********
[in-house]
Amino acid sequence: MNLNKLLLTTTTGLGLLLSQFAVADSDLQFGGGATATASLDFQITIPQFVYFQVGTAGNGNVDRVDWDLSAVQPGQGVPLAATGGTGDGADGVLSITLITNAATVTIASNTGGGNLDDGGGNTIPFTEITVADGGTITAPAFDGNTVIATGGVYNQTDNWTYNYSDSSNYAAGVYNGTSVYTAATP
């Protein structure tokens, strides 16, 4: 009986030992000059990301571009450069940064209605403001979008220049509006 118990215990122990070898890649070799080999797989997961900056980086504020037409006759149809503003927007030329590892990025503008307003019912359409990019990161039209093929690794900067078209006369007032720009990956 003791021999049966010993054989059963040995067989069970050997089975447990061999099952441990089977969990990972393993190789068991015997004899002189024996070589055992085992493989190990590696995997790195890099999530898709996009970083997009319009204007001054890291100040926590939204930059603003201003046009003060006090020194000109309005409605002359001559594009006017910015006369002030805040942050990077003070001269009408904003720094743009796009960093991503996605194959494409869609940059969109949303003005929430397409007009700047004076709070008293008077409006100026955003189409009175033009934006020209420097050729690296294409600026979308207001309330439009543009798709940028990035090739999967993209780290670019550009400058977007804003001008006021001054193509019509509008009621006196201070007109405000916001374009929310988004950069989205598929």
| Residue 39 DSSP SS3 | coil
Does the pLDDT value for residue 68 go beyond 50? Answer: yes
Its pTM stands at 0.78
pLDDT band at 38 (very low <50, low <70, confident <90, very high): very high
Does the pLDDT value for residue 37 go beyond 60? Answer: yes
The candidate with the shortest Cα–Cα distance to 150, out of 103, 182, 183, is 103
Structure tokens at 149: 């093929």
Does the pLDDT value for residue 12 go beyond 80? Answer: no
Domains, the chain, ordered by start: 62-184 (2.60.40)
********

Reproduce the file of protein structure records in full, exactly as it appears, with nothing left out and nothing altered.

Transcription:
[in-house]
Amino acid sequence: MNLNKLLLTTTTGLGLLLSQFAVADSDLQFGGGATATASLDFQITIPQFVYFQVGTAGNGNVDRVDWDLSAVQPGQGVPLAATGGTGDGADGVLSITLITNAATVTIASNTGGGNLDDGGGNTIPFTEITVADGGTITAPAFDGNTVIATGGVYNQTDNWTYNYSDSSNYAAGVYNGTSVYTAATP
């Protein structure tokens, strides 16, 4: 009986030992000059990301571009450069940064209605403001979008220049509006 118990215990122990070898890649070799080999797989997961900056980086504020037409006759149809503003927007030329590892990025503008307003019912359409990019990161039209093929690794900067078209006369007032720009990956 003791021999049966010993054989059963040995067989069970050997089975447990061999099952441990089977969990990972393993190789068991015997004899002189024996070589055992085992493989190990590696995997790195890099999530898709996009970083997009319009204007001054890291100040926590939204930059603003201003046009003060006090020194000109309005409605002359001559594009006017910015006369002030805040942050990077003070001269009408904003720094743009796009960093991503996605194959494409869609940059969109949303003005929430397409007009700047004076709070008293008077409006100026955003189409009175033009934006020209420097050729690296294409600026979308207001309330439009543009798709940028990035090739999967993209780290670019550009400058977007804003001008006021001054193509019509509008009621006196201070007109405000916001374009929310988004950069989205598929």
| Residue 39 DSSP SS3 | coil
Does the pLDDT value for residue 68 go beyond 50? Answer: yes
Its pTM stands at 0.78
pLDDT band at 38 (very low <50, low <70, confident <90, very high): very high
Does the pLDDT value for residue 37 go beyond 60? Answer: yes
The candidate with the shortest Cα–Cα distance to 150, out of 103, 182, 183, is 103
Structure tokens at 149: 């093929």
Does the pLDDT value for residue 12 go beyond 80? Answer: no
Domains, the chain, ordered by start: 62-184 (2.60.40)